sweating

Why Sweating Is Good For You

lthough it gets a bad reputation, sweating is a normal bodily function necessary for our survival. It is responsible for thermoregulation in humans, which maintains our state of homeostasis by reducing our temperature through a process called evaporative cooling. Effectively our body covers itself in water which evaporates due to increased body heat, removing the excess heat from our bodies and allowing our cells to function normally. This process occurs when we are surrounded by hot temperatures or our muscles are being used extensively.

Humans are extremely rare animals when it comes to perspiration. We are among a select group of perhaps 40 animals that produce enough sweat across our body to ensure thermoregulation without the need for shelter (shade) or immersion (swimming, mud baths). The average human adult is capable of sweating anywhere from 2-4 litres per hour, meaning that excessive sweating requires that we rehydrate more frequently. If you are accustomed to regular fitness programs or live in a hot climate, you know how thirsty you get when you go outside or perform a particularly intense workout.

There are two situations that cause sweat: physical strain and mental stress.

When we exercise, our energy pathways force our muscle cells to give up ATP as an energy source for immediate strength and muscular endurance. This gives us the energy to power through a workout, but it also causes excessive heat to form inside the body. This process is roughly similar to the one which goes on inside a car engine after you turn it on. The engine block will heat up rapidly unless it is cooled by a liquid coolant. Instead of automotive coolant, our body produces sweat which draws the heat out of the body through evaporation. You have felt this process in a more direct form if you have ever got out of a pool on a windy day and felt chilled. The wind pulls the water – and your body heat – away from you.

Unlike sweat caused by physical strain which covers the entire body, sweat caused by mental stress tends to be localized to specific areas of the body. These areas tend to be enclosed places such as inner joint connections and the palms. This enclosed environment paired with bacterial preference for warm, wet spawning grounds leads to greater bacterial growth in these areas with a corresponding smell (body odor). This means that people can literally smell your nervousness, stress and anxiety although it is generally taken as a sign of poor hygiene.

The Science Behind Beneficial Sweating

Humanity has a history of using sweating as a means of purifying the body. The Romans built public baths with hot water designed to increase the core temperature of bathers for relaxation and to “balance the humours” – a series of bodily substances including blood and phlegm thought in ancient times to give us our personality. Today we use the same process in saunas and hot tubs, although for more scientific reasons.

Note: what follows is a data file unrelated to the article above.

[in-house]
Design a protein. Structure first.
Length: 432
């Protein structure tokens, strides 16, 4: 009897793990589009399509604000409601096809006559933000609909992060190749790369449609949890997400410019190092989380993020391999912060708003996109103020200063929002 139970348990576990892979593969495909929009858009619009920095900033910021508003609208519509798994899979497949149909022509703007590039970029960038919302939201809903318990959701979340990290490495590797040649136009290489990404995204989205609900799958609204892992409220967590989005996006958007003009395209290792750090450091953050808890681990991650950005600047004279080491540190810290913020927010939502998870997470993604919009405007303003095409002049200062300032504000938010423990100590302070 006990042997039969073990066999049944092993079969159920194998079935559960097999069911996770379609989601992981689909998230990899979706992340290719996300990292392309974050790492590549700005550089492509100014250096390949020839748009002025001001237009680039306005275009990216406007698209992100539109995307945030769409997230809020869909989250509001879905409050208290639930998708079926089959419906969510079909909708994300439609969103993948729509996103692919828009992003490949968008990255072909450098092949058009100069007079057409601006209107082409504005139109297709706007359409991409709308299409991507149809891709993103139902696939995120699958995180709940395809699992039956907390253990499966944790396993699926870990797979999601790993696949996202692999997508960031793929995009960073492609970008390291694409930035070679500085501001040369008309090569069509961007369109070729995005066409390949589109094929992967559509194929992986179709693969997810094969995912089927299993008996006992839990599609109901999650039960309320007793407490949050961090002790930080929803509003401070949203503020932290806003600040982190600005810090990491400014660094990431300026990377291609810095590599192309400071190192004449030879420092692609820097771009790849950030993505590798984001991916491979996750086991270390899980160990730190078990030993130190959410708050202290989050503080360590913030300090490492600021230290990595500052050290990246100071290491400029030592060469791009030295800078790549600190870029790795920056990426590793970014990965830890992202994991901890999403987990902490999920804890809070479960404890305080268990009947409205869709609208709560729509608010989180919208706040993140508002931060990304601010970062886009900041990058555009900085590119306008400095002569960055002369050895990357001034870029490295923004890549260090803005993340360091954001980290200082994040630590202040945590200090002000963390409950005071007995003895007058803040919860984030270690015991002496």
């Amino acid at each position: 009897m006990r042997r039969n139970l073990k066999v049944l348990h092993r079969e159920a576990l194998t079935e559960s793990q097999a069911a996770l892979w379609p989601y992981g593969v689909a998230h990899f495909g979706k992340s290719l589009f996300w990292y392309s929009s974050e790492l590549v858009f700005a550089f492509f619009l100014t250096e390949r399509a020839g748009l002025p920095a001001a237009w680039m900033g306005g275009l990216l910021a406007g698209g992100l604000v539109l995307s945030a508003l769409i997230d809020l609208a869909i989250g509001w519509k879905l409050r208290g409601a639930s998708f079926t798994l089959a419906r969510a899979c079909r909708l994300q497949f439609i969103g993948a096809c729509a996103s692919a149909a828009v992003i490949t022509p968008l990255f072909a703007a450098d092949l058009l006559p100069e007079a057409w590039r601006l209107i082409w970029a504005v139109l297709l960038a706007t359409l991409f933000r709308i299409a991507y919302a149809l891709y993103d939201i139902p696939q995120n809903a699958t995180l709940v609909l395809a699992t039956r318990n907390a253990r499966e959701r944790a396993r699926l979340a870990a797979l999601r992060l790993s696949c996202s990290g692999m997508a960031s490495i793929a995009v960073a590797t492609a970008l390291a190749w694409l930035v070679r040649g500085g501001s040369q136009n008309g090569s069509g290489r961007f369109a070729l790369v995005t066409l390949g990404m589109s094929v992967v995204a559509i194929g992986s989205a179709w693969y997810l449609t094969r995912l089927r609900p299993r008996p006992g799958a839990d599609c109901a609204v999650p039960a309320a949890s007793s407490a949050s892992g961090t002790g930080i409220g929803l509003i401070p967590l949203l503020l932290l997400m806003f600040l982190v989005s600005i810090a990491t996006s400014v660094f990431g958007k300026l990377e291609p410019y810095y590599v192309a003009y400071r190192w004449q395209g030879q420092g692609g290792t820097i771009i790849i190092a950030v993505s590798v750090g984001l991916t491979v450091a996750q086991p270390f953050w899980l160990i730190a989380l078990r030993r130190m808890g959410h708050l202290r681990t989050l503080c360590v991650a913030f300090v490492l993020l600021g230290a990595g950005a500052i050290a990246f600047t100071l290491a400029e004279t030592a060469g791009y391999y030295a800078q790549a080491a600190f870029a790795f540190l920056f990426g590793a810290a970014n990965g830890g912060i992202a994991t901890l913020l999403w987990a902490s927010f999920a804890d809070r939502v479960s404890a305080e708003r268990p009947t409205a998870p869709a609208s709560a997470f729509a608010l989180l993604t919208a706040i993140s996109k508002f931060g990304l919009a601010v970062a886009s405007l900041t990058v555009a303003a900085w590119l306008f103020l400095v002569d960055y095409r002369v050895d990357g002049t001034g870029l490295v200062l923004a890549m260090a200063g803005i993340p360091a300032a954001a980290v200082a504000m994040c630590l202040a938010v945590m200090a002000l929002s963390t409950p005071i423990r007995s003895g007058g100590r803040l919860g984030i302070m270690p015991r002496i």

Primarily made up of water, sweat contains soluble materials (primarily sodium, lactate and urea) which are poisonous for our body if they are too concentrated. High sodium is a problem affecting 75% of Westerners, primarily due to poor diet and a lack of exercise. The average person requires 1.2-1.5 grams of sodium every day for normal performance but consumes approximately 3.4 grams a day. As a result, Westerners regularly feel dehydrated – a problem exacerbated by high levels of caffeine and alcohol consumption which act as diuretics. A liter of sweat contains approximately 1 gram of sodium, so a sufficiently long workout (1 hour) of significant intensity would produce 2 liters of sweat and reduce your sodium to acceptable levels.

Lactate is the substance that builds up in our muscles during exercise and causes fatigue and muscle pain. Sweating will (counter-intuitively) reduce the soreness after a workout. Urea is the primary ingredient in our urine and is a waste product of the human metabolic system.

That’s right, you sweat pee. On the plus side, you are also removing toxins from your body.

While these soluble materials are nowhere near the concentrations found in the substances that bear their names, consistent sweating due to physical strain is a method of lightening the load on the brain in terms of maintaining homeostasis. It will reduce the amount of toxins in your body and will help to remove sodium from your system.

A physically fit individual will sweat more easily and more intensely than someone who is not in shape. This is because the body has acclimatized itself to regular physical strain and is always prepared to cool down the body’s core temperature. However, a larger person (regardless of fitness level) will sweat more than a smaller person because their body produces more body heat during exertion.

Sweating is beneficial to workouts because it tells us when we are exercising our muscles sufficiently. If you have done a workout without sweating significantly, you have not exercised your muscles hard enough and you have effectively wasted your time. After 30 minutes to an hour of exercise, you should feel thirsty enough to drink at least 500 mL of liquids. Since an hour of moderate physical strain causes the average person to sweat approximately 2 L worth of water, your body should be craving liquids as a means of balancing its internal chemistry.

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